Posts Tagged ‘ COVID-19 ’

Sermon: What is Life? – 1 Peter 2:1-12

I preached again!

This was a tough one. I rewrote it several times, including overnight Saturday/Sunday.

I kept it light, naturally, only discussing the Gospel, the pandemic, Black Lives Matter protests, and the presidential election season.

Light.

(I was so exhausted afterward!)

Give it a listen (click here if it does not work just below), and see my rough notes for all scripture references and basic thoughts. I am reading from the English Standard Version (ESV) of the Bible.

What is life? (1 Peter 2:1-12)

Read 2:1-12

What is life?

Not so much “what makes a thing living,” but who is living? How do we live? What does it look like to have a life?

What life?

Earlier in my life, I discovered peanut butter and jelly sandwiches.

  • Love them.
  • Working at the school, money tight, often had these for lunch. Still had days longing for a PB&J. And a glass of milk (or carton from the cafeteria!)
  • What does this have to do with life?

Read 2:2-3: Spiritual milk

Even having PB&J most days, I still craved it.

  • Do we do that with God’s Word?
  • Have you tasted that the Lord is good?

V. 1 gives a list of things this life offers (read/explain v. 1)

  • An earthly mind is focused on such.
  • What is life?
    • Focused on hate, deceit, hypocrisy, envy, and slander?
    • Or on God’s love?

Vv. 4-8:

All of this poetic language from Isaiah and Psalm 118 spoke of Israel, but found it’s fulfillment in Christ.

Israel built the Temple in Jerusalem, but they rejected the first living stone. And what is Christ this first stone, the cornerstone, part of? The Church!

The Church is about community. God’s community. It is built on the love God showed through Jesus.

God created life: Genesis 1-2, especially 2:7: the Lord God formed man from the dust of the earth and breathed into his nostrils the breath of life.

Yet, Genesis 3, we took this life and decided to go our own way. And all of us – every single human since then, save Christ – has done our own thing: we have broken God’s Law of loving Him and other people. And though we mock and revile our Creator, He came down to us in the person of Jesus Christ to take the mocking, reviling, and violence in person. He took on human life to offer that life as a payment for our disobedience, our sin.

And three days later, He brought Himself back to life, and He lives forever, seated at the right hand of the Father.

This is the Cornerstone: the God-Man who gave up His life to give us a life of community, fellowship, with Him and each other for eternity. We make up the new Temple, not of stones that can wear down, but of our bodies which will one day be glorified.

And all we need to do is believe this truth of who He is.

But others reject Him still.

Listen to those who say Christianity is a fairytale.

Listen to those who say the Church has done nothing good for this world.

Listen to those who call Christianity the religion of white people.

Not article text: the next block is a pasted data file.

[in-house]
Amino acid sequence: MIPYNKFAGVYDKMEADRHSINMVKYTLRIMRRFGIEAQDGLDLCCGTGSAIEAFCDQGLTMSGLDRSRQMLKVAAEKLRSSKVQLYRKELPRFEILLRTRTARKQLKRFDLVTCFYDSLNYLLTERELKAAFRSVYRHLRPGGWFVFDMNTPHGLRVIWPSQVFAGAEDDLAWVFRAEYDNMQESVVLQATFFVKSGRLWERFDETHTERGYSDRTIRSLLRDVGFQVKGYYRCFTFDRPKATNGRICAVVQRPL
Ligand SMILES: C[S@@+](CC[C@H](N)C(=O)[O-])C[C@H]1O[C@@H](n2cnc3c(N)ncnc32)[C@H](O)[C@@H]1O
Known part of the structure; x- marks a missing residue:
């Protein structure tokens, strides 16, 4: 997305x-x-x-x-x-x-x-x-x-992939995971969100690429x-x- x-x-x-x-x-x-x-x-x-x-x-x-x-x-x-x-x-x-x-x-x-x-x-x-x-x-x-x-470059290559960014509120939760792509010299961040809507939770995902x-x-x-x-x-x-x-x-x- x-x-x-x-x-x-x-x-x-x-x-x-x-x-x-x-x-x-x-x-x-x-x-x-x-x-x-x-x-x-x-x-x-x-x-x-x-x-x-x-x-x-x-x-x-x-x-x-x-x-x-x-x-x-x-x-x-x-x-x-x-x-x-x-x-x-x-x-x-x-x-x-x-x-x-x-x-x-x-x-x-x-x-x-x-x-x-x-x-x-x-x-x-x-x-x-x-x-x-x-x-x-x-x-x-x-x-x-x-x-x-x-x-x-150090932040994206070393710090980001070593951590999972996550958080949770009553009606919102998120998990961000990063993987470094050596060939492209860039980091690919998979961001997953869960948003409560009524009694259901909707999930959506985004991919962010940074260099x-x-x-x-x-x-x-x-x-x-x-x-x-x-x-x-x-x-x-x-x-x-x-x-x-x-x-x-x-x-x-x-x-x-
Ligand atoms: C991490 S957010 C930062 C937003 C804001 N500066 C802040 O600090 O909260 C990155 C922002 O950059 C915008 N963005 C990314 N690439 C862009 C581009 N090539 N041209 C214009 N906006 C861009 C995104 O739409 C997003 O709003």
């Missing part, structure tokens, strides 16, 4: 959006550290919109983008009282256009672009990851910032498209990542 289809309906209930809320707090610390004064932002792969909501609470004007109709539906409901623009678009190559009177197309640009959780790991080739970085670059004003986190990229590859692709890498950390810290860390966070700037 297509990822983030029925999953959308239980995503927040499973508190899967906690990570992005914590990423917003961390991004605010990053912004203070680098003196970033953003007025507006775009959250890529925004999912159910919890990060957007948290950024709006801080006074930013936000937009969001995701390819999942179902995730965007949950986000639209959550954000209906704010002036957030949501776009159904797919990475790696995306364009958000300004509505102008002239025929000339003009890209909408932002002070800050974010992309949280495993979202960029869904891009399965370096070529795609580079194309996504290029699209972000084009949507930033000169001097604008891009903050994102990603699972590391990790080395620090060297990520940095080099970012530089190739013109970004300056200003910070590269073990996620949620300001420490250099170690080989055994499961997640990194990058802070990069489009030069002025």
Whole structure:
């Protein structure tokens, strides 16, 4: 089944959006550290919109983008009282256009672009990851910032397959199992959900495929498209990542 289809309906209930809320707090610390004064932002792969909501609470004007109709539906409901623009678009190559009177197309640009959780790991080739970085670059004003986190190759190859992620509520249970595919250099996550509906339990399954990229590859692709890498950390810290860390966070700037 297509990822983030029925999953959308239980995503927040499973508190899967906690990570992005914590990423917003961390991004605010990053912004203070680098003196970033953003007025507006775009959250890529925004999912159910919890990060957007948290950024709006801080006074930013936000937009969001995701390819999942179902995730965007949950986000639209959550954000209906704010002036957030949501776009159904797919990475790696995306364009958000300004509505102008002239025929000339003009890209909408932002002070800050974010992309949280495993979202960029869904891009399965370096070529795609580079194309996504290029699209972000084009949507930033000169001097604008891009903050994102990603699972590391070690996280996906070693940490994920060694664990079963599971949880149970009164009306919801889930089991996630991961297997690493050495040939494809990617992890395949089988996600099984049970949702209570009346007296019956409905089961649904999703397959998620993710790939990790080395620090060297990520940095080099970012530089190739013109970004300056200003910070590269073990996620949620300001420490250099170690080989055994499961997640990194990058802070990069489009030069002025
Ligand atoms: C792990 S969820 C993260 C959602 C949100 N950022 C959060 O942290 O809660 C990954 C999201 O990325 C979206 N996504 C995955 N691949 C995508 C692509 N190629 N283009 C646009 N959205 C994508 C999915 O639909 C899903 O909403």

Danger Warning: This is where things get tough, even confrontational.

Look at our world:

  • An election year. (If you disagree with my candidate, you’re stupid and wrong!)
  • A global pandemic, with anxiety and fear being peddled daily in our newsfeeds and on social media. (And we will find a cure, no god needed. ~NY Gov. Andrew Cuomo)
    • We can debate the threat, masks, and statistics later!
  • Racial tensions higher than they have been for decades. #BlackLivesMatter
    • We must realize the cry here:
      • The organized movement: Anti-Christian
        • Anti-nuclear family
        • Anti-marriage
        • Anti-biblical definition of gender/sexuality
        • Pro-choice (abortion)
        • Pro-socialism/communism
        • Pro-pluri-religiosity
      • The average person (yes, most protesting):
        • Sees systemic racism (yes, it is actually real)
        • Sees a society that seemingly doesn’t care
        • Sees a discrepancy in how people are treated

How then do we live? What is life?

Vv. 9-12

We all agree that “all lives matter.” (In this room, at least) We don’t want people to die needlessly.

  • If we are fixated on, even fearful of where this country is headed because of the next election, if we get offended (heated discussion/argument) over how certain elected officials are destroying our country, if we know “those people are idiots who only want to undermine our society” (and notice I never said “Republicans” or “Democrats”, but if you thought of one or the other …)

    … are you trusting and believing in our sovereign God who instituted our government? Are you building that community based on God’s love?
  • Does wearing a mask in certain places affect your salvation? Does it affect your eternal life?

    What about the life of someone outside of the Church?

    What if all they see is someone ranting about how they don’t need to wear a mask, because even if they die they know where they are going?

    What if they are afraid of dying, and someone basically waves off that fear “for personal freedom?

    Is that respectful and loving?
  • Do black lives matter?

    Are we hearing the cries of a lost world or pushing our own understanding of life on others?

What is life?

We know that we are all one race: descended from Adam. There is only one human race.

But we are only united in Christ.